Anal Fissure/Fistulotomy/Sphincterotomy Surgery
What is an Anal Fissure?
An anal fissure is a tear in the skin inside the anal canal. When this skin is torn, you may have pain with each bowel movement and pass bright red blood.
What is a Sphincterotomy?
Sphincterotomy surgery allows a fissure or fistula to heal. A small part of the anal sphincter muscle is cut to open the anal canal. This relieves pressure when you move your bowels and allows a fissure to heal.
What is a Fistula?
An infection of the gland inside the anus can cause it to fill with pus. This is an abscess. After the abscess is drained, there may be a tunnel from the anus to the skin. This is a fistula. A fistula can cause pain, fever, and drainage.
What is a Fistulotomy?
A fistulotomy is surgery to open a fistula allowing it to heal.
Day Before Surgery: Bowel Prep.
An important part of preparing for surgery is emptying your bowel. You need to buy 1 bottle - Magnesium Citrate 10 oz. and 2 Fleets Phosphate enemas. Buy these at a pharmacy. You do not need a prescription.
- Eat a light breakfast and lunch.
- Drink only clear liquids after lunch until midnight (there is no limit on how much you may drink)
Examples of clear liquids
Juice without pulp: grape, apple or cranberry
Clear Jell-O®, no fruit in it
Carbonated beverages, clear sodas
Weak coffee or tea, no milk or creamer, sugar or substitute okay
No alcoholic beverages of any kind
No dairy products of any kind
Boost Breeze® or Resource®
- At 2 pm, drink Magnesium Citrate 5 oz. (½ bottle). Shower after bowel movement.
- You may continue to drink only clear liquids until midnight.
- The morning of surgery, before you come to the hospital, give yourself the first enema 1½ hours before you leave home. Give yourself the second enema 1 hour before you leave home. Shower after results of the second enema.
- Take a sitz bath at least 3-4 times a day and after each bowel movement. This will help decrease the pain of rectal spasms and aid healing. Sit in a bathtub of warm water for 10-20 minutes.
- Avoid hard wiping of the anal area for the first few days. Do not use toilet paper, instead, use alcohol-free baby wipes.
- You will have reddish-yellow drainage from the rectum for at least 7-14 days. You will need mini-pads or sanitary pads for your undergarments during this time. The drainage will decrease in amount and become lighter in color. With bowel movements and increased activity you may notice an increase of bloody drainage.
- While on pain medicine, you need to take a stool softener (Docusate sodium) and a bulk fiber laxative such as Metamucil® to prevent constipation
- Avoid sitting or standing for longer than 1 hour at a time.
For the first 6 weeks, do not lift more than 10 pounds. Lifting puts extra strain on the surgical area and increases the chances of bleeding.
- Do not drive while on narcotic pain medicine.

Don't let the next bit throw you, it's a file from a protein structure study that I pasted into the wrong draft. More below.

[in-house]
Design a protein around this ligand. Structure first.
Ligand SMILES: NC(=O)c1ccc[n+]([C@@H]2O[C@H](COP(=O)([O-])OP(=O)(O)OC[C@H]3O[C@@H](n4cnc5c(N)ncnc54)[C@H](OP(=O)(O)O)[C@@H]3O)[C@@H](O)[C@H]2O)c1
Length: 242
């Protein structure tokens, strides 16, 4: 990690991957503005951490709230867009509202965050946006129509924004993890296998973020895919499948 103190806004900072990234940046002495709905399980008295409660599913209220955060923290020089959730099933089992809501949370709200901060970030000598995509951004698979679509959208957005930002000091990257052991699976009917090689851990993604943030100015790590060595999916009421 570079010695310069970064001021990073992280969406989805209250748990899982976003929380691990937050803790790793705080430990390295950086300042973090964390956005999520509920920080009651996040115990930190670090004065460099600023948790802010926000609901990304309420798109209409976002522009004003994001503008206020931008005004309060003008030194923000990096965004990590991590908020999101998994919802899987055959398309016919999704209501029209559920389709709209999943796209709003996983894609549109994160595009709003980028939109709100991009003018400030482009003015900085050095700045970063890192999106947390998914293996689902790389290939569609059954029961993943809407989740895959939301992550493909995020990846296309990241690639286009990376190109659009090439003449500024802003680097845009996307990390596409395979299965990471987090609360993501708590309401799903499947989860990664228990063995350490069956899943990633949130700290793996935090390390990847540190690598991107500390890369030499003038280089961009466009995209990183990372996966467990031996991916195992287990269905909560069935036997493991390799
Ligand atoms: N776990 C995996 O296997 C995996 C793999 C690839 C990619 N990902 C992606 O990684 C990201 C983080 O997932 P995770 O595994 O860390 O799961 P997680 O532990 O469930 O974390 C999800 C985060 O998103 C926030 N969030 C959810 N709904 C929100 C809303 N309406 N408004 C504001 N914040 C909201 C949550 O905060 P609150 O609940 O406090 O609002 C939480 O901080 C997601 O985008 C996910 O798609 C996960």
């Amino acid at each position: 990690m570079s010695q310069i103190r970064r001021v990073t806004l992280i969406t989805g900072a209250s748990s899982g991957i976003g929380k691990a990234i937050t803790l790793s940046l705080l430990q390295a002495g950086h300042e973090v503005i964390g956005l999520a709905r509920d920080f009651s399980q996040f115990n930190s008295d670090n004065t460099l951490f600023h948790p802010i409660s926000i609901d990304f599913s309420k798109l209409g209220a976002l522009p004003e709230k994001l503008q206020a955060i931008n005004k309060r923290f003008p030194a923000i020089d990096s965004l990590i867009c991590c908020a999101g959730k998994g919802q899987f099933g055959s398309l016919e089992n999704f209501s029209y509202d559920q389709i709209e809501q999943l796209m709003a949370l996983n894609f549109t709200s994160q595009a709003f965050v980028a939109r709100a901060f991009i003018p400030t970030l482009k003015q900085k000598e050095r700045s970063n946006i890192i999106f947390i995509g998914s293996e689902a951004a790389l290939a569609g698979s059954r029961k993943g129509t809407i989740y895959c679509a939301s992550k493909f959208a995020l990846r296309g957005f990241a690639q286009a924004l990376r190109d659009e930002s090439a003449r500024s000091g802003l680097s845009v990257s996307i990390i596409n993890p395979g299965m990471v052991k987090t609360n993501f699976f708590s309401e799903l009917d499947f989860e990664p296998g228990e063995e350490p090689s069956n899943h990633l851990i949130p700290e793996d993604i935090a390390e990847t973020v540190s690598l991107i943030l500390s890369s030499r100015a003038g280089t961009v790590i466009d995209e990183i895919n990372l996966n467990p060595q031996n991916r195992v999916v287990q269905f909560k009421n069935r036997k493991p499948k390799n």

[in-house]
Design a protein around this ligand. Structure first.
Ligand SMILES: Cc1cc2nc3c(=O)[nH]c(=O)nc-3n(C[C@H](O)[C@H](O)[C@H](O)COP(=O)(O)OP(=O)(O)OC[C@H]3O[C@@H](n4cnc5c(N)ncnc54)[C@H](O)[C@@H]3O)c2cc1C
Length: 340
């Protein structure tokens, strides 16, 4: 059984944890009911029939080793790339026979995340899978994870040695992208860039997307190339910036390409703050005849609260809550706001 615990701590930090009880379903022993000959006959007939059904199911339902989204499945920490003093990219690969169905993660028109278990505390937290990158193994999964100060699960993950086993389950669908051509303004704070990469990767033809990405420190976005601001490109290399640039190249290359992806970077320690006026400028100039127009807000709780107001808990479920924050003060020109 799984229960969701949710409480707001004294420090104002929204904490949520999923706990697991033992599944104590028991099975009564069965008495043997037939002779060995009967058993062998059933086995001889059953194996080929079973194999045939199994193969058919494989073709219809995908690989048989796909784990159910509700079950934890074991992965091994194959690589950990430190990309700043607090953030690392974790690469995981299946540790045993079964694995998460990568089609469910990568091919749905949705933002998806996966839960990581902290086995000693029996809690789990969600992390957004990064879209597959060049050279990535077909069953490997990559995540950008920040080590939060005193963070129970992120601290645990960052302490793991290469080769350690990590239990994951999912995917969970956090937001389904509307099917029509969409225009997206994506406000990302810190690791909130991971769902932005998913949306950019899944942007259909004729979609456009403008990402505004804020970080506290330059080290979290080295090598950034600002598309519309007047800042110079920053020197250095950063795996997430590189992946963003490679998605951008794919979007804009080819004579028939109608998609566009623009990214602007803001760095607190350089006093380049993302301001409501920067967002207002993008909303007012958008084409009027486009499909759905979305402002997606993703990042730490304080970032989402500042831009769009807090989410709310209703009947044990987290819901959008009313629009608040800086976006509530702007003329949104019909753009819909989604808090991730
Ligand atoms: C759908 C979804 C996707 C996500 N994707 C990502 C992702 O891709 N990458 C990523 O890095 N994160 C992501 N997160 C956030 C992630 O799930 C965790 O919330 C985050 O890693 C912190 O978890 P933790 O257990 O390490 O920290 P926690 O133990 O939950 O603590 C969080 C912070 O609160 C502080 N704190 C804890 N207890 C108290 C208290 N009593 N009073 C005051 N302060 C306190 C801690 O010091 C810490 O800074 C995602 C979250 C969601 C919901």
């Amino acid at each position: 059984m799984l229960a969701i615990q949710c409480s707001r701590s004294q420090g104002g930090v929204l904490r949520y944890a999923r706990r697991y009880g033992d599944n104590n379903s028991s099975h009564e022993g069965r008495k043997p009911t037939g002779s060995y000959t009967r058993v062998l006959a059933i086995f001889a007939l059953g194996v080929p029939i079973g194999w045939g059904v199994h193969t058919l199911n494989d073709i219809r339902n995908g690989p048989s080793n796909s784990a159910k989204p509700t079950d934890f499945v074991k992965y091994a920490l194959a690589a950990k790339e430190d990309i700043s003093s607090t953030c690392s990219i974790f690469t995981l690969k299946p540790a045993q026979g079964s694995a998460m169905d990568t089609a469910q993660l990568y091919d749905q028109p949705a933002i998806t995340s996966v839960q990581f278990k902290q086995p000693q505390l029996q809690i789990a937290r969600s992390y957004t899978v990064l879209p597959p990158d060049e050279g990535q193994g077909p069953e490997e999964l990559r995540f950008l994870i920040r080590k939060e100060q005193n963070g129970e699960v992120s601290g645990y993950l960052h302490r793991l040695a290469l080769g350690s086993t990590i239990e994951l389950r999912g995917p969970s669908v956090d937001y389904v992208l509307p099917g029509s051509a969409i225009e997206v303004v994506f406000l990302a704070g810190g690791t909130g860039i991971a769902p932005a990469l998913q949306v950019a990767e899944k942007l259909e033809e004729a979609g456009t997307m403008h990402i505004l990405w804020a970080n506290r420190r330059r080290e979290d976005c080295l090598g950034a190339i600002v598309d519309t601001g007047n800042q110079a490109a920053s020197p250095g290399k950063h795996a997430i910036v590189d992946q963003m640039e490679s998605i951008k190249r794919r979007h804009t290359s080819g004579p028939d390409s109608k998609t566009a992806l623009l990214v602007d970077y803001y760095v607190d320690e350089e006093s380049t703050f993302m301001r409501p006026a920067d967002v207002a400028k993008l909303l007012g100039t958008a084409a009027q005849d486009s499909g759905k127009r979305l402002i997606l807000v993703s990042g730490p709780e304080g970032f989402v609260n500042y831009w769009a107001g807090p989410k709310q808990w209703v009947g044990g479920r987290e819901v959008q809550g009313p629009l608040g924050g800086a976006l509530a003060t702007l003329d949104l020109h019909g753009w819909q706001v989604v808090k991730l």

- Check with your doctor before returning to work.
- Sexual activity may be resumed when you are comfortable.
- You will return to see your surgeon 1 - 3 weeks after surgery.
Your doctor will order pain medicine for you. Do not drink alcoholic beverages, drive a car or operate machinery while you are on the narcotic pain medicine.
You should avoid constipation while you are taking pain medicine. Both a fiber supplement and a stool softener will be ordered for you. These will help the stool pass more easily.
Eat a well balanced, high fiber diet each day:
- 8-10 (8 oz) glasses of non-caffeinated fluid
- At least 4 servings of fruits and vegetables
- At least 4 servings of breads and cereals (2 of these should be whole grain)
When to Call the Doctor
- Large amounts of bright red blood from the rectum that does not stop with pressure to the rectum for 10 minutes
- Temperature over 100.4º F for 2 readings taken 4 hours apart. Take your temperature once a day for a week.
- Foul-smelling drainage
- Breaking open of suture line
- Excessive swelling in the rectal area
- Unable to control bowel movements
- Trouble passing urine.
Digestive Health Center: (608) 890-5000.
After hours, weekends or holidays this number will be answered by the paging operator. Ask for the doctor on call or ask for Dr. Harms, Heise, Kennedy, or Foley. Leave your name and phone number with area code. The doctor will call you back.
If you live out of the area, call (855) 342-9900.
The information provided should not be used during any medical emergency or for the diagnosis or treatment of any medical condition. A licensed physician should be consulted for diagnosis and treatment of any and all medical conditions. Call 911 for all medical emergencies. Any duplication or distribution of the information contained herein is strictly prohibited.
Last Updated: 04/24/2013
Copyright © 02/26/2010 University of Wisconsin Hospitals and Clinics Authority. All rights reserved. Produced by the Department of Nursing. HF#5467
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